Joint Pathology Center

Veterinary Pathology Services

Wednesday Slide Conference


Conference 2

August 30th, 2017



CASE III:  14-1424 (JPC 4066348). 


Signalment: 16-year-old, female, Hafflinger horse (Equus caballus).


History: The animal was presented in emergency care center for acute neurological disorders (unsteadiness, fallings and decubitus, amaurosis). Despite critical care, development of a semi-comatose state and convulsions led to euthanasia.


Gross Pathology: At necropsy, the liver had an increased consistency with a variegated aspect and somewhat bulging tissue at section. The brain did not show visible changes.


Laboratory results: Blood analyses showed severe neutrophilic leukocytosis (Leukocytes 32,99.109/L, neutrophils 28,5.109/L, lymphocytes 2,67.109/L).

Biochemistry exam showed hyperproteinemia (80 g/L), hypoalbuminemia (25 g/L) and hyperglobulinemia (54 g/L).

A severe augmentation of gamma-GT was present (510 U/L), and increased values for GLDH (11,7 UI/L), total bilirubin (89 µmol/L), CK (> 2036 U/L), and lactates (> 12 mmol/L).

CSF fluid analysis did not show significant changes.           

PCR (blood for Babesia sp., Theileria sp., and blood and CSF for Borrelia sp.) were negative.


Microscopic Description: Liver: Diffusely, there is marked fibrosis, mostly restricted to portal tract, and multifocal bridging between these portal tracts, distorting normal hepatic architecture. Isolation of individual hepatocytes by fibrosis is also present at the edges of the lobules. Diffusely, there are hepatocytes which are moderately to severely enlarged, with swollen nuclei. Cytoplasm is also enlarged and is vacuolated. In several portal tracts, bile duct proliferation is present. Multifocally, little hemorrhages and discrete infiltration of neutrophils, lymphocytes and macrophages are present.


Contributor’s Morphologic Diagnosis: Liver: Hepatocellular degeneration, diffuse, marked, with megalocytosis. Generalized portal and bridging fibrosis and moderate bile duct proliferation, Haflinger, equine.


Contributor’s Comment: Such changes observed in the liver are suggestive of pyrrolizidine alkaloids intoxication. These alkaloids are toxic to the liver, leading to irreversible lesions when intoxication comes to chronicity, especially in pigs, horses and cattle. These toxic alkaloids are not directly toxic, and necessitate bioactivation in hepatocytes (especially those in centrilobular region), leading to binding of these agents to proteins and nucleic acids. It results then in inhibition of mitosis, without inhibiting DNA synthesis, leading to megalocytosis. Associated to megalocytosis, there is fibroplasia and bile duct proliferation (fibroplasia is marked in cattle, moderate in horses and often minimal in sheep). Pyrrolizidine alkaloids are not the only toxic substances to cause such megalocytosis. Indeed, aflatoxins and nitrosamines can lead to this change in liver.1,2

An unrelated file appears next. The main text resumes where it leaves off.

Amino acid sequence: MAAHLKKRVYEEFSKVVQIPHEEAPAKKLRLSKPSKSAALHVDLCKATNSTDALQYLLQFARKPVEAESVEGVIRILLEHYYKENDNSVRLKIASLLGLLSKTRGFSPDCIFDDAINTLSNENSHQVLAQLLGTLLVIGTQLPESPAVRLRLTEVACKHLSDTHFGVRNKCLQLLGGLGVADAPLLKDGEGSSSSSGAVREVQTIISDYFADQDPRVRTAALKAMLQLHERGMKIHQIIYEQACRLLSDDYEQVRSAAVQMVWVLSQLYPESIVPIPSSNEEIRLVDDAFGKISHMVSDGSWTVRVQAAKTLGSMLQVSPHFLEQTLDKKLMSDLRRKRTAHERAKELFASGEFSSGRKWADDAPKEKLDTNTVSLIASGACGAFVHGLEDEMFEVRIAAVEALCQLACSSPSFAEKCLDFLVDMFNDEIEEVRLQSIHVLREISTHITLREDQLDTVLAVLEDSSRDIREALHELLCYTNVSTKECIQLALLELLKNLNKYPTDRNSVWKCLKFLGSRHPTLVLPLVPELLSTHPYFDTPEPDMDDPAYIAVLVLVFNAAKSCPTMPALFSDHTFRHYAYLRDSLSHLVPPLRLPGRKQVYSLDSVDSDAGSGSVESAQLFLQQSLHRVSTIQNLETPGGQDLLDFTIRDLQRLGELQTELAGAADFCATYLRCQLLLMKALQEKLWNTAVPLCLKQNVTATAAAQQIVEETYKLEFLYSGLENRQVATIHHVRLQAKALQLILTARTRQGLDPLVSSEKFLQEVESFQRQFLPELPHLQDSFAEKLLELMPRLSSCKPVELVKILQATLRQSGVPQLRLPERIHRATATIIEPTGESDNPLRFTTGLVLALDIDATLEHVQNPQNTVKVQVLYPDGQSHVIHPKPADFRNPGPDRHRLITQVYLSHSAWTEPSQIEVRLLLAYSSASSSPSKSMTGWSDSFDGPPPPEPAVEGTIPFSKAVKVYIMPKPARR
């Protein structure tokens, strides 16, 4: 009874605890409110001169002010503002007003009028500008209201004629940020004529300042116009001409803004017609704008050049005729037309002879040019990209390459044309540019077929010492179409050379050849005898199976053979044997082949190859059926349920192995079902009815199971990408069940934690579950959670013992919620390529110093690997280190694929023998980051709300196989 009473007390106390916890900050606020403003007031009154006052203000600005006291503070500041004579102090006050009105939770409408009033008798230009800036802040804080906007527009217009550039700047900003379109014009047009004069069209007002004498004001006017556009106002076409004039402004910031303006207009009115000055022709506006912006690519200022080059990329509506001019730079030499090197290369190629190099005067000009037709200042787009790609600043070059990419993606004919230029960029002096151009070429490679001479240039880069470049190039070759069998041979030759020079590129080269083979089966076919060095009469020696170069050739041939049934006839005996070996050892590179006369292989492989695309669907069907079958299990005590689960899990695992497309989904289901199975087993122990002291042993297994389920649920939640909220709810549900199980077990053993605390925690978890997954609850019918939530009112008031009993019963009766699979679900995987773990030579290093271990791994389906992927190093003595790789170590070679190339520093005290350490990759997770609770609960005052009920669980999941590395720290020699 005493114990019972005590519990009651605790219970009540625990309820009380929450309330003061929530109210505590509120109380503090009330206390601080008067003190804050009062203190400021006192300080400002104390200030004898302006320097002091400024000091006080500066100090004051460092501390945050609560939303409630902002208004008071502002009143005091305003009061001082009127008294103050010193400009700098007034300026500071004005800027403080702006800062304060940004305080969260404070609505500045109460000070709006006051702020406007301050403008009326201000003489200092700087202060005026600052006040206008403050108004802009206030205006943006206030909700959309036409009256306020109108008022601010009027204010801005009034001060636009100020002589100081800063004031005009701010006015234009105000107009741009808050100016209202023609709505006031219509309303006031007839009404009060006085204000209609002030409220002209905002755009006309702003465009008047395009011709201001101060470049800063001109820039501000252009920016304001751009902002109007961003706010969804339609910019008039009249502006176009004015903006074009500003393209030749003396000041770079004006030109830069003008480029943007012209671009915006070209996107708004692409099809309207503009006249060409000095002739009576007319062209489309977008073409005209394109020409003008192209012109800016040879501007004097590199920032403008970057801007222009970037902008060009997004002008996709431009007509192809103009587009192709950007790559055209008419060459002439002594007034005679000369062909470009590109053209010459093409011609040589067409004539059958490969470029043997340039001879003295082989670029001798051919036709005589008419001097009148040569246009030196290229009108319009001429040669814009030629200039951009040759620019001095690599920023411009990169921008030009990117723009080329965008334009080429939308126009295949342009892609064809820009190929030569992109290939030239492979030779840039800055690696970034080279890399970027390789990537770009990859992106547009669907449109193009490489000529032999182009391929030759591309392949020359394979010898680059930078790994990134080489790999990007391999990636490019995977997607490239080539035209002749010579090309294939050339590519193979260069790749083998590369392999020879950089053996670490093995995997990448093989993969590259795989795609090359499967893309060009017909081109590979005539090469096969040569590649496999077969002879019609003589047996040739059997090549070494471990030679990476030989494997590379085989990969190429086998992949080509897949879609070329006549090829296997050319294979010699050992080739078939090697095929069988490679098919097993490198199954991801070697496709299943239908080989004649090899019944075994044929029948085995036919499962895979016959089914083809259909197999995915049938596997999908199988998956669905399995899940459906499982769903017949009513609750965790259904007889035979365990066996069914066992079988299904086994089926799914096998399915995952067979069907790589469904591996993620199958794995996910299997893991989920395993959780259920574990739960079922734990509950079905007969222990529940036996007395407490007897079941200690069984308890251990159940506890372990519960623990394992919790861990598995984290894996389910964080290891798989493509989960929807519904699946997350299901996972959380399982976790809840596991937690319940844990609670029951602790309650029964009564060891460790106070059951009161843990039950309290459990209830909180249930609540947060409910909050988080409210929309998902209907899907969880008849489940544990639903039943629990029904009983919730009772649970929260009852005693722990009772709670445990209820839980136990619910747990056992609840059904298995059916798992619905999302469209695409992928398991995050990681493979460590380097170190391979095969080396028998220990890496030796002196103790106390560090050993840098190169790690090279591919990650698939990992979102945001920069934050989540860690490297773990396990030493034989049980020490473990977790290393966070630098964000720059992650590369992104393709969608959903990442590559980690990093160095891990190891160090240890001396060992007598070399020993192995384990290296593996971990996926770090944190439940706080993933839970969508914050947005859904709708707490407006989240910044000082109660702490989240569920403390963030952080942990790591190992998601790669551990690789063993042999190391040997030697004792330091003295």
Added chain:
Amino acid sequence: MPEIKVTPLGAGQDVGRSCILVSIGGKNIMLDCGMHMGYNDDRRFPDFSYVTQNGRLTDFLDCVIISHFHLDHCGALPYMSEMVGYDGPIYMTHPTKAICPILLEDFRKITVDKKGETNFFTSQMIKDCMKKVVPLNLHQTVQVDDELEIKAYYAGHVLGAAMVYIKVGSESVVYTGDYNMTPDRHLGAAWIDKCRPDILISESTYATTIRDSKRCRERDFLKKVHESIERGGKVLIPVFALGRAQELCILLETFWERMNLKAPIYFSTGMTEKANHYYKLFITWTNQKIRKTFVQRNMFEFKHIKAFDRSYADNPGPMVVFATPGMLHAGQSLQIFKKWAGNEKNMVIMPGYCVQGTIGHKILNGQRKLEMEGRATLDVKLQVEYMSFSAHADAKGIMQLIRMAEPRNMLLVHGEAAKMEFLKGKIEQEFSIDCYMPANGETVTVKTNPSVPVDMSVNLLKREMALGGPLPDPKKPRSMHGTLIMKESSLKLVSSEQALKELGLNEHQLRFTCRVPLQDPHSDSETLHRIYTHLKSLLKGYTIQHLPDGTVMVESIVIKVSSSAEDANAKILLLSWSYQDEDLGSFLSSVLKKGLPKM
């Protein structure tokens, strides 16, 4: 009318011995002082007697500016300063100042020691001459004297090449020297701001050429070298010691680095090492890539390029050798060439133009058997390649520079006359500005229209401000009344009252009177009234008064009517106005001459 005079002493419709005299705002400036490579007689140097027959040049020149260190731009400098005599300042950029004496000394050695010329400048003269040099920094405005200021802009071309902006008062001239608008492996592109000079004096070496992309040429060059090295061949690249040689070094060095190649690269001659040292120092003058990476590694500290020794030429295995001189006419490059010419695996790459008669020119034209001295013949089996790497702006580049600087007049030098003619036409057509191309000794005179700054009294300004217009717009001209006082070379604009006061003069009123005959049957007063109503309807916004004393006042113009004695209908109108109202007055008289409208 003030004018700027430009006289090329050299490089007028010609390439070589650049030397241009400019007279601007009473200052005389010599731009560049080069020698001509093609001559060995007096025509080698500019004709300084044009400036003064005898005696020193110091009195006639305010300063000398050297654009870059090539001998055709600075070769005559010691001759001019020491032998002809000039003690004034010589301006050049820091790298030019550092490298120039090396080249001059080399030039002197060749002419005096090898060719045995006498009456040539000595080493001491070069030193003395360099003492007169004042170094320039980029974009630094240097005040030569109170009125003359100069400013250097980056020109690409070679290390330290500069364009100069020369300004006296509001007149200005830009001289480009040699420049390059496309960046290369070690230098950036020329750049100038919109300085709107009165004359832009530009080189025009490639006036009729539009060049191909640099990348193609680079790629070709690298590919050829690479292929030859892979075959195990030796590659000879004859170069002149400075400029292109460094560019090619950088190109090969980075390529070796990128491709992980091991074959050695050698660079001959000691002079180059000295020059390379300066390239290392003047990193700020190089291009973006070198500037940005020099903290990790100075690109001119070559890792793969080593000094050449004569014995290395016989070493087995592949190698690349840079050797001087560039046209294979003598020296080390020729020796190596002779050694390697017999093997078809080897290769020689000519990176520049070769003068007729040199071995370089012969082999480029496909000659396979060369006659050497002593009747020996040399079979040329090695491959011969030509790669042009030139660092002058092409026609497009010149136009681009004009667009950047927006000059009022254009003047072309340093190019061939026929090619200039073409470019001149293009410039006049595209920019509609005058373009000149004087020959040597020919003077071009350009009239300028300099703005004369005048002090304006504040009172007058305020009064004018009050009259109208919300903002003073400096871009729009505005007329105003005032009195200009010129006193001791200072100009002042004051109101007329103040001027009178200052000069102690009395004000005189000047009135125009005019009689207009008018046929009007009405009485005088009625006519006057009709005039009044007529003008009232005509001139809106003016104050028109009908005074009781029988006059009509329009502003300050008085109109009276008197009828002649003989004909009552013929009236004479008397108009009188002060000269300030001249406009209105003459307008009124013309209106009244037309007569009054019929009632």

Clinically, chronic intoxication by pyrrolizidine alkaloids is characterized by liver failure and its possible consequences (icterus and photosensitization). Secondary neurological signs can develop, known as “hepatic encephalopathy”. Histopathological analysis of the brain of this horse showed presence of Alzheimer type II cells, consistent with this syndrome. In species other than the horse, spongiosis is also present in addition to Alzheimer type II cells.3


Many plants containing pyrrolizidine alkaloids can be ingested (Senecio spp., Crotalaria spp., Heliotropium spp.). In this particular case, the plant responsible for  these lesions was not identified; given the wide distribution of Senecio vulgaris in the region where the horse lived, its consumption was very likely the origin of this chronic intoxication.4


JPC Diagnosis: Liver: Fibrosis, portal and bridging, diffuse, moderate with hepatocellular loss, karyomegaly and megalocytosis, and biliary hyperplasia, Haflinger, equine.


Conference Comment: This case provides a classic example of pyrrolizidine alkaloid toxicity in the liver. Participants described the dense bridging fibrosis from periportal regions that surrounds and separates hepatocytes and effaces the limiting plate as well as the ductular reaction with cholestasis.   Occasionally obliterated centrilobular veins were suggestive of veno-occlusive disease.  Particularly prominent are the perinuclear accumulations of bile pigment within hepatocytes and multifocal karymegalic and/or multinucleated hepatocytes which are a characteristic finding in several varieties of toxic hepatic diseases.


The contributor offers a concise review of pyrrolizzidine alkaloid toxicity including pathogenesis and clinical signs. The submitted blood work was reviewed during the conference, illustrating the degree of cholestasis and hepatocellular damage (elevated GGT and bilirubin) as well as the musculoskeletal damage and reversion to anaerobic metabolism due to persistent convulsions (elevated CK and lactate).


The moderator led a brief discussion of hepatic encephalopathy caused by hyperammonemia. Within the large intestine, breakdown of protein and urea by microflora occurs routinely to produce ammonia. Ammonia is also produced within the liver (hepatic deamination of amino acids) and in peripheral tissues (from metabolism of glutamate). Normally, ammonia is removed the first time through the liver via portal circulation, whereupon it enters the urea cycle. However, acute hepatic disease can result in buildup of ammonia within the circulation which passes through the blood-brain barrier, and causes a decrease in energy metabolism, astrocyte injury and edema formation, and neuronal injury. Overworked, damaged astrocytes cluster together in pairs with enlarged swollen nuclei, margination of chromatin, and prominent nucleoli to form Alzheimer type II astrocytes.3